Two Examples of a Society in Decline
Thoughts from a curmudgeon:
1. My wife and I watch 4 evening news shows back to back to back to back.
2. Thus, we know every laxative, sex aid, adult diaper, and pain medication on the market. The Shingles medication people apparently want us to buy that medicine even before we contract the disorder.
3. Because there are no ads for X Boxes, Wi machines, dirt bikes, or Disney movies, our children and young adults apparently are no longer watching those shows. We watched them as kids, or at least heard them in the background, because that was all that was on. Earlier, I confess to getting to watch Howdy Doody, and The Movie Marshall on Channel 7, WTRF, in Wheeling.
4. Three stories on The ABC News caught my ear and eye:
a. Ann Curry’s tearful goodbye and mea culpa (apparently for not being young and cute enough) from NBC’s Today Show. Her replacement is Savannah Guthrie, who is both younger and cuter. (My wife angrily protests!)
b. The 68 year old school bus monitor (when did they begin needing those?) who got $700,000.00 for being bullied and the punishment her tormentors received.
3. The “Person of the Week” award to a surprising person.
5. Ann is leaving because The Today Show’s ratings slipped,and she apparently was blamed. My wife Nancy and our FB friends who responded to my post all thought it was a crying shame, but maybe our opinions don’t have the force they once did.
6. I suggested to Nancy, and she agreed, that Darwin’s theory is at work here, but with a slight twist. I call it, “Survival of the Cutest”.
7. Nancy might be tempted to accuse me of a bit of hypocrisy here because I have a near reflexive tendency to turn and examine any figure of feminine pulchritude that catches my eye. She claims I am developing some tendencies commonly attributed to “old men”. I shall NOT digress.
8. The truth is that t.v. is a visual medium and watching Katie or Savannah is easier on the eye than Wolfe Blitzer or Candy Crowley.
9. Nancy actually likes Savannah, who apparently has a law degree. She may be a brilliant person, but she appears to need to wear her dress full thigh high as she sits and gives her evening reports to Brian Williams. It certainly makes the reports more interesting to me.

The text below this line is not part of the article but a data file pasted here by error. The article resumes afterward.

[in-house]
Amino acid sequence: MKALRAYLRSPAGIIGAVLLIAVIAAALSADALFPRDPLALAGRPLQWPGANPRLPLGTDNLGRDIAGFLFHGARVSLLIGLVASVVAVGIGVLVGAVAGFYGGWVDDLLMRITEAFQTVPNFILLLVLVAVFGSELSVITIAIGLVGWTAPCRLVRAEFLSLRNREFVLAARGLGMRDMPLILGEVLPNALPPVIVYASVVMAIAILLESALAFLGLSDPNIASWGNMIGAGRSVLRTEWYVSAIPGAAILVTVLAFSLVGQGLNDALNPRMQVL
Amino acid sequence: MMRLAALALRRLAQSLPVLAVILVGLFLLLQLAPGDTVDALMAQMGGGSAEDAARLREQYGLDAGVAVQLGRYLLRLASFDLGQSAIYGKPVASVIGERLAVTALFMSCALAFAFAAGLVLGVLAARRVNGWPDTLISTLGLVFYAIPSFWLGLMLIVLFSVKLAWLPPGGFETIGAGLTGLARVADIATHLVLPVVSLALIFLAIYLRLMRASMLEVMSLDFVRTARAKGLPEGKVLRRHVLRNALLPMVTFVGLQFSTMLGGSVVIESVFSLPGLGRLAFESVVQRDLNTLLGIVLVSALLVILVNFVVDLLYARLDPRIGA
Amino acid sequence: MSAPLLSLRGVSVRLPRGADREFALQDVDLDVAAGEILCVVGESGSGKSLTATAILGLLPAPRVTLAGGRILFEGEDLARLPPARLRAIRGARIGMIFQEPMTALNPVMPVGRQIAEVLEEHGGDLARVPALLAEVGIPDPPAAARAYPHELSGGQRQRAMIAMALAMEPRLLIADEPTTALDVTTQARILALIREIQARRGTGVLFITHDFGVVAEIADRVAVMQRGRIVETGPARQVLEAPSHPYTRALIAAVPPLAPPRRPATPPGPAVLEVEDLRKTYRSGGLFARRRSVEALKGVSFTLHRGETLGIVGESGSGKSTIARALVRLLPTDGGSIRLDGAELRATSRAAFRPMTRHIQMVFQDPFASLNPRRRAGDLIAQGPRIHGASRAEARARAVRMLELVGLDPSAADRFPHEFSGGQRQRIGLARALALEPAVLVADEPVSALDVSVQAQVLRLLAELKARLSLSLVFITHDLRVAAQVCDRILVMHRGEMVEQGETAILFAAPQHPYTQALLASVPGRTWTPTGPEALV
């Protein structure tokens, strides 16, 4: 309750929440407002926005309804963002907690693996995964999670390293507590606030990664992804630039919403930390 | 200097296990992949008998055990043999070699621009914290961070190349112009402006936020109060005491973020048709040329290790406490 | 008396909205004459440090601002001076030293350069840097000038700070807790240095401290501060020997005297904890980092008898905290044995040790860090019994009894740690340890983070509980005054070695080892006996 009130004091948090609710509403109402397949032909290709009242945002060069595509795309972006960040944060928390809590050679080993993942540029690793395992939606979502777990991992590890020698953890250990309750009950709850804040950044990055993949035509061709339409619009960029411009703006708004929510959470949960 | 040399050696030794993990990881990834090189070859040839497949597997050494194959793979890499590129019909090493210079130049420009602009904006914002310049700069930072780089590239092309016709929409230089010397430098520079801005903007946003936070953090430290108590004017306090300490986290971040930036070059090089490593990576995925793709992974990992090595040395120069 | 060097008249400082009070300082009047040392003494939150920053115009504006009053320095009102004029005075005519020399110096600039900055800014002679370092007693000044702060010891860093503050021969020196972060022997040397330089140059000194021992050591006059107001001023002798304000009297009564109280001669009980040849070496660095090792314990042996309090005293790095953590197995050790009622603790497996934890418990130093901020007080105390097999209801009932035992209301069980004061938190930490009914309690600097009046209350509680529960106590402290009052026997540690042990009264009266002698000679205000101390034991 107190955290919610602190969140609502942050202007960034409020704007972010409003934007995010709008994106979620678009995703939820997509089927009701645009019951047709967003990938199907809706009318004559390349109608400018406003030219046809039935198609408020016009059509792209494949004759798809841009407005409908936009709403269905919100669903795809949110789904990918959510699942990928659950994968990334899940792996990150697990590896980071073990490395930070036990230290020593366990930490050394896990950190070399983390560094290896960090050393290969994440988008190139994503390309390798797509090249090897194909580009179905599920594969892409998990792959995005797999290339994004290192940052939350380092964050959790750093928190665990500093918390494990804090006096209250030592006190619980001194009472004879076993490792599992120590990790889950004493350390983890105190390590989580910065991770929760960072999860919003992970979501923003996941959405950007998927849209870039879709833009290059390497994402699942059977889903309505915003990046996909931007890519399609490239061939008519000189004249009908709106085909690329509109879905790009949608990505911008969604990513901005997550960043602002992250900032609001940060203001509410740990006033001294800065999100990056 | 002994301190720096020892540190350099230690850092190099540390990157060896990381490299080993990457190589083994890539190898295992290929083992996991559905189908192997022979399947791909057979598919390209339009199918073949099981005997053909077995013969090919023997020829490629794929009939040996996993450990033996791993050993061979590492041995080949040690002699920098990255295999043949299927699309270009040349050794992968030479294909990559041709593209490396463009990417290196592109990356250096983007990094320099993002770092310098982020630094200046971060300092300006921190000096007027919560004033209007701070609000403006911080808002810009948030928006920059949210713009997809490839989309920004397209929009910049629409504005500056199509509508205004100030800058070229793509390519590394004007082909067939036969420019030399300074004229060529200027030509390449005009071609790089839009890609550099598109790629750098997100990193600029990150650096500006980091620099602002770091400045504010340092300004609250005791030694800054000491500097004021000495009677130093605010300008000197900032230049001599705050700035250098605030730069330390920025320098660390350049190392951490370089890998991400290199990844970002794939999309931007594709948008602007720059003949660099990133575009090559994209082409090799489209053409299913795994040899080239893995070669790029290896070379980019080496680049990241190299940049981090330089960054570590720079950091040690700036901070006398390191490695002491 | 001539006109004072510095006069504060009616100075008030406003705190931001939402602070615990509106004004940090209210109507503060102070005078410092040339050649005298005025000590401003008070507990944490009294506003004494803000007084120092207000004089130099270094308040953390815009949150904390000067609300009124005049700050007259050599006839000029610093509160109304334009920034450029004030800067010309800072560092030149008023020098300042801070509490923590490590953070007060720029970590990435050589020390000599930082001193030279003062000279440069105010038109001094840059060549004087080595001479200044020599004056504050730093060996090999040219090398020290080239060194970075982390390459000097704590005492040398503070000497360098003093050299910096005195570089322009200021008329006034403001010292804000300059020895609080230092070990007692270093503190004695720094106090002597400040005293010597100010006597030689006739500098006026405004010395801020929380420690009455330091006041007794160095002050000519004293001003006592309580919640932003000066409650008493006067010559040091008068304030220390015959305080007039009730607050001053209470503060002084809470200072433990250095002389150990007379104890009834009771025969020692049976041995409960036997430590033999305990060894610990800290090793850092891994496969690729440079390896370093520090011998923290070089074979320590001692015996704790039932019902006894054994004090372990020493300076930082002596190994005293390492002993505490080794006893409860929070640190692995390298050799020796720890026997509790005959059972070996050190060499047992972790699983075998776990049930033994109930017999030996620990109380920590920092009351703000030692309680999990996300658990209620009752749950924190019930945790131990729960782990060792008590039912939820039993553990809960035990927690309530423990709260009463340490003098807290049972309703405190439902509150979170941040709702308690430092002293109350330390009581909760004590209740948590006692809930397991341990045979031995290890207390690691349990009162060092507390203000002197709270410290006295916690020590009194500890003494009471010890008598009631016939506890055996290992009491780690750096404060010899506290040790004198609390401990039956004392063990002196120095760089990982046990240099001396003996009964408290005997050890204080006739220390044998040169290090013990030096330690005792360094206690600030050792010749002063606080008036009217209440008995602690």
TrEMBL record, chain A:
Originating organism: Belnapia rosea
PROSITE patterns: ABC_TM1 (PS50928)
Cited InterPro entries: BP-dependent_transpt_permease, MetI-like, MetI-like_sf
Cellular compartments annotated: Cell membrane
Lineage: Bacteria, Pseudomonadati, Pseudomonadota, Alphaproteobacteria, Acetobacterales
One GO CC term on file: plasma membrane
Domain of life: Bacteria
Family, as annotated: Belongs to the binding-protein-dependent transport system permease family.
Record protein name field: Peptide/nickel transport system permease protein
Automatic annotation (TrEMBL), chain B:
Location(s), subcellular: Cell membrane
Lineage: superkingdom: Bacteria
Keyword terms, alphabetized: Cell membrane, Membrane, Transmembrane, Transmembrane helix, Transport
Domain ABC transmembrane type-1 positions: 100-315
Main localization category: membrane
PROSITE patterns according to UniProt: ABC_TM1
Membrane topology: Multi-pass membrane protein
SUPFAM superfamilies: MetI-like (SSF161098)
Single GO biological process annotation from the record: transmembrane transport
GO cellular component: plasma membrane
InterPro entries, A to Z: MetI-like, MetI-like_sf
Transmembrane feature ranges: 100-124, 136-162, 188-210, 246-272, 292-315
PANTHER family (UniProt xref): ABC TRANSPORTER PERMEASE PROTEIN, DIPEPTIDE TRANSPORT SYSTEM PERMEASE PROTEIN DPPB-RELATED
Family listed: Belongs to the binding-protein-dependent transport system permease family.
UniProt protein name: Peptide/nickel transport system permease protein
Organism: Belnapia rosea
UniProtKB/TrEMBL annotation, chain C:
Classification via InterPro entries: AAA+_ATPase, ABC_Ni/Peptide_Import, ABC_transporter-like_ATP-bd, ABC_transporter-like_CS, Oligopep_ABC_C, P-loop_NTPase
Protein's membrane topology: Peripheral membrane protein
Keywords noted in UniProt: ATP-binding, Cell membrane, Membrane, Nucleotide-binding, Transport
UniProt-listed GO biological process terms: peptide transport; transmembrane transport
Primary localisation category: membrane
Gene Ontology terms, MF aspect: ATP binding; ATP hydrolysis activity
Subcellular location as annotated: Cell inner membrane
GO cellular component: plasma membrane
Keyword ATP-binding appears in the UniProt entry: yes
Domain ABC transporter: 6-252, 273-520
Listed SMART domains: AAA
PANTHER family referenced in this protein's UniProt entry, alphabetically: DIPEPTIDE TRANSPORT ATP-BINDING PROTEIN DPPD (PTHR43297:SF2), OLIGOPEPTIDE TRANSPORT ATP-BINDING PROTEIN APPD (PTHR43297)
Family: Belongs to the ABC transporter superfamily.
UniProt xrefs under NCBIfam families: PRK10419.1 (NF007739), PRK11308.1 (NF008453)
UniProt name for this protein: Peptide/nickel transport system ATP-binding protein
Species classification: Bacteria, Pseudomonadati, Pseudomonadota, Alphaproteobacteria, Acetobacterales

10. But, I find myself wincing during the day and later in the evening when the “hotties” from Channel 12, and CNN, and Fox(actually, I like nearly everyone on The Channel 12 News, even Albert Zip) utter grammatically incorrect and inane comments that reveal their lack of experience, depth, and maturity. I remember Walter Cronkite, Harry Reasoner, Chet Huntley and David Brinkley, Howard K. Smith, and many more, and I want to cry.
11. I read Edwin Newman’s three books more than once (I know, “Who is Edwin Newman?”) and believe that proper word usage, spellage (just kidding), and grammar are not irrelevant. They should be essential. And NO, broccoli is not healthy (well, it might be). IT IS HEALTHFUL!!!!!!!!!!!
12. Having been “outed” as a curmudgeon, let me mention the punishment the middle school bullies received: each got a one year suspension from school and 30 hours community service with the elderly.
13. Community service, if properly administered, is fine. I have no criticism.
14. Perhaps the belt came out, or suitable alternative punishment occurred, at these boys’ homes, but I doubt it. If we can afford to pay “bus monitors”, I think I may not dislike that idea, since much can go on 60 feet from the driver that he cannot detect.
15. If the monitor is going to be a 68 year old overweight female, or male, at least give them a whistle or “panic button” they can press to get the driver’s attention. I recall the tale of my Aunt Kathryn, a teacher before her marriage to my uncle Jim O’Grady, being confronted by an 8th grader with a knife. That was 70-80 years ago in Nicholas County WV.
16. But, punishing these boys by taking them out of the student population, away from the academic environment, and failing to use them as examples of improved behavior for the other students? I say that is more outrageous, or as outrageous, as “survival of the cutest”. Nancy says they probably were sent to “alternative school with the other bad kids”. I say, then they will be able to exchange ideas!